This "Read the Label" is focused on anti-aging lip care and the product under review is Clarins Extra-Firming Lip and Contour Balm.
Background in Positivity
Clarins was founded by Jacques Courtin-Clarins in Paris, France, in 1954. It started as an institute for positivity and to help women look and, more importantly, feel beautiful. The company became a successful skin care brand, soon spreading globally.
To this day, formulation and development work still takes place in France, where the family-run business sticks to the original philosophy of understanding the needs of women whilst developing safe, natural (where efficacy is not compromised over a synthetic alternative) and effective skin care products.
Lip Product Claims
Clarins claims this product soothes and smooths the lips with raspberry seed oil and shea butter. The balm is said to visibly repair, replenish, soften and moisturize chapped lips, as well as reduce the appearance of fine lines and wrinkles on the lip contour area. Lips reportedly will appear naturally fuller with a plumping effect and improve after every use.
To use the product, a small amount of balm is dispensed and massaged onto the lips and lip contour area. The ingredients below in bold are ones that I believe are strongly contributing to the product's performance and claims.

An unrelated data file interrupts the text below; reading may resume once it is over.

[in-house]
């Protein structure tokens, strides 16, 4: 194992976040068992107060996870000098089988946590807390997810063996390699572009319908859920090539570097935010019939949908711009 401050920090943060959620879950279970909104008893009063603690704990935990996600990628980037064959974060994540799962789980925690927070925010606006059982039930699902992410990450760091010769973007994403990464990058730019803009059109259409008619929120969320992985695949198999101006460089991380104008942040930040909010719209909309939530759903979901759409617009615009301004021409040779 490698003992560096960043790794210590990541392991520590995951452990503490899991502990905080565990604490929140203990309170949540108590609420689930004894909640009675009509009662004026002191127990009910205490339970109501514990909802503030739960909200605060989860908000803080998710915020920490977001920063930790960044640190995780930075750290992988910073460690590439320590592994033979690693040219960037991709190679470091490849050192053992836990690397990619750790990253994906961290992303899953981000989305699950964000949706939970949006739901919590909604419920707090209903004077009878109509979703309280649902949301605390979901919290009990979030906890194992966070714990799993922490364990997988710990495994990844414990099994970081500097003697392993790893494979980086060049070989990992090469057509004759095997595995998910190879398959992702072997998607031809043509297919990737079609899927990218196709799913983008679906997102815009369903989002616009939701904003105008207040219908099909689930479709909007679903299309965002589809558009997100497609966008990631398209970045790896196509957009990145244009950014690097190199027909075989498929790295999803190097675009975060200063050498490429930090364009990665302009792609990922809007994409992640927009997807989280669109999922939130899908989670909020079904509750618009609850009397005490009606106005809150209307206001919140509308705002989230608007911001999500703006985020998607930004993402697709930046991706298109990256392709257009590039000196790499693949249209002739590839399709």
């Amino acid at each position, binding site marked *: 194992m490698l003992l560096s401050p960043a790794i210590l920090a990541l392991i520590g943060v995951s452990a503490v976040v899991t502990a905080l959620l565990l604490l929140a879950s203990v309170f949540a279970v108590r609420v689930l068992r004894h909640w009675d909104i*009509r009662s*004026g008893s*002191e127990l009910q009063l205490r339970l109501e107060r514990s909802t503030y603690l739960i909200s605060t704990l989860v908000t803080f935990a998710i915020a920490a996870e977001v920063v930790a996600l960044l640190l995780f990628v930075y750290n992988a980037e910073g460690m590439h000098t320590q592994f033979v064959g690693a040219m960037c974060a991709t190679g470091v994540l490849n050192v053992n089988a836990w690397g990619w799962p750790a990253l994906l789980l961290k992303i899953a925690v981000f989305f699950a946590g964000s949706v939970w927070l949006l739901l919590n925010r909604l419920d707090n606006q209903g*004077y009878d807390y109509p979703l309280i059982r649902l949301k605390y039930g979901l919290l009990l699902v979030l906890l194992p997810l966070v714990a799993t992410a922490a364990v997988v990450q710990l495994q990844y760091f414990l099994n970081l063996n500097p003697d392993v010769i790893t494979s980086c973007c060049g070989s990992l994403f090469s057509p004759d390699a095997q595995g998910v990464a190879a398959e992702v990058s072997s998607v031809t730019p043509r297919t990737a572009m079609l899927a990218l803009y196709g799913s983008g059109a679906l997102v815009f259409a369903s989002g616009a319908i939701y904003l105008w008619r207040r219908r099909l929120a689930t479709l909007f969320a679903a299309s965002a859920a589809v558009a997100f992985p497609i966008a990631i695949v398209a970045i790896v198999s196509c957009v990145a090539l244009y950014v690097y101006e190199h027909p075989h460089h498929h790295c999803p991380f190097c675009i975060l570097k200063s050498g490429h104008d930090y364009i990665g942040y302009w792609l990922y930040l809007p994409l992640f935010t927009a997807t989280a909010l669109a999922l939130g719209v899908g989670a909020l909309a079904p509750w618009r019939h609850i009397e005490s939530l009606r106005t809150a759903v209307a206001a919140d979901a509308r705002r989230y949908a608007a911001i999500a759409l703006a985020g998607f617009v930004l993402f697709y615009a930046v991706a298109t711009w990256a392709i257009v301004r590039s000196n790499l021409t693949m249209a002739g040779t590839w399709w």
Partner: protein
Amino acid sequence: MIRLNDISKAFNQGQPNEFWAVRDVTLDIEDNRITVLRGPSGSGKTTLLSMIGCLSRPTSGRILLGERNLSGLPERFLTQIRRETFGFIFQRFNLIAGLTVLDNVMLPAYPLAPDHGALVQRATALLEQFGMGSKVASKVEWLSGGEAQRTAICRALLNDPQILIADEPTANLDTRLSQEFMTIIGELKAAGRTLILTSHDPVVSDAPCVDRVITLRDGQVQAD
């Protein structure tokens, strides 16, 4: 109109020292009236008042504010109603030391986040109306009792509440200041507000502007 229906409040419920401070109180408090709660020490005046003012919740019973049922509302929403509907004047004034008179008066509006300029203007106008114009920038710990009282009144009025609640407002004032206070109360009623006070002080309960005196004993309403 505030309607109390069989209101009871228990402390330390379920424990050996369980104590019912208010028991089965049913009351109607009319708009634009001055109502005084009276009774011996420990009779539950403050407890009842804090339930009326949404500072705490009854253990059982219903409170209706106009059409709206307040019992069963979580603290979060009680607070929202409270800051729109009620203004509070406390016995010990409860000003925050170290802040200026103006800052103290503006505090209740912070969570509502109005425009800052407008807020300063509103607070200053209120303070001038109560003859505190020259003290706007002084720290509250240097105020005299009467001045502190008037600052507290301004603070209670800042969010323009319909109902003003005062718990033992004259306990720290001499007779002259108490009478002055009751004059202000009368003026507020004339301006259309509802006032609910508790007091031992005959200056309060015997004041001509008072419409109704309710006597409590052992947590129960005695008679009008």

Ingredients: Paraffinum Liquidum, Microcrystalline Wax, Octyldodecyl Stearoyl Stearate, Paraffin, Octyldodecanol, Bis-Diglyceryl Polyacyladipate-2, Synthetic Wax, Butyrospermum Parkii (Shea) Butter, Rubus Idaeus (Raspberry) Seed Oil, Methyl Methacrylate Crosspolymer, Tocopheryl Acetate, Ethylhexyl Palmitate, Fragrance (Parfum), Bisabolol, Ammonium Glycyrrhizate, Tribehenin, Sorbitan Isostearate, Mica, CI 77491/Iron Oxides, CI 77891/Titanium Dioxide, Palmitoyl Oligopeptide, Linalool.
This is a commodity synthetic wax that is a by-product from the crude petroleum industry; if you remove the oil from petroleum jelly (Vaseline), you are left with microcrystalline wax. It’s a hard white wax that can come in the form of pellets or flakes, and it should be melted to temperatures of around 80°C/176°F before incorporation into a formulation.
In this lip balm formula, it is all one phase—consumers will notice there is no water phase, just oil. The microcrystalline wax will help to give the balm its firm structure in the pack. Quite often, synthetic chemistries are used in lip balm products because, in my opinion, you get better results in terms of moisturization and skin feel.
This ingredient is another by-product derived from petroleum. It is a stable, pure wax that has been used in cosmetic products for years. The wax has a reasonably high melting point (between 46-68°C/115-154°F) and will help support the structural integrity of the balm, which will easily apply shear and spread on the lips through force of touch. Paraffin will help create an occlusive layer on the lips that will prevent transepidermal water loss (TEWL), supporting the product's moisturization claims.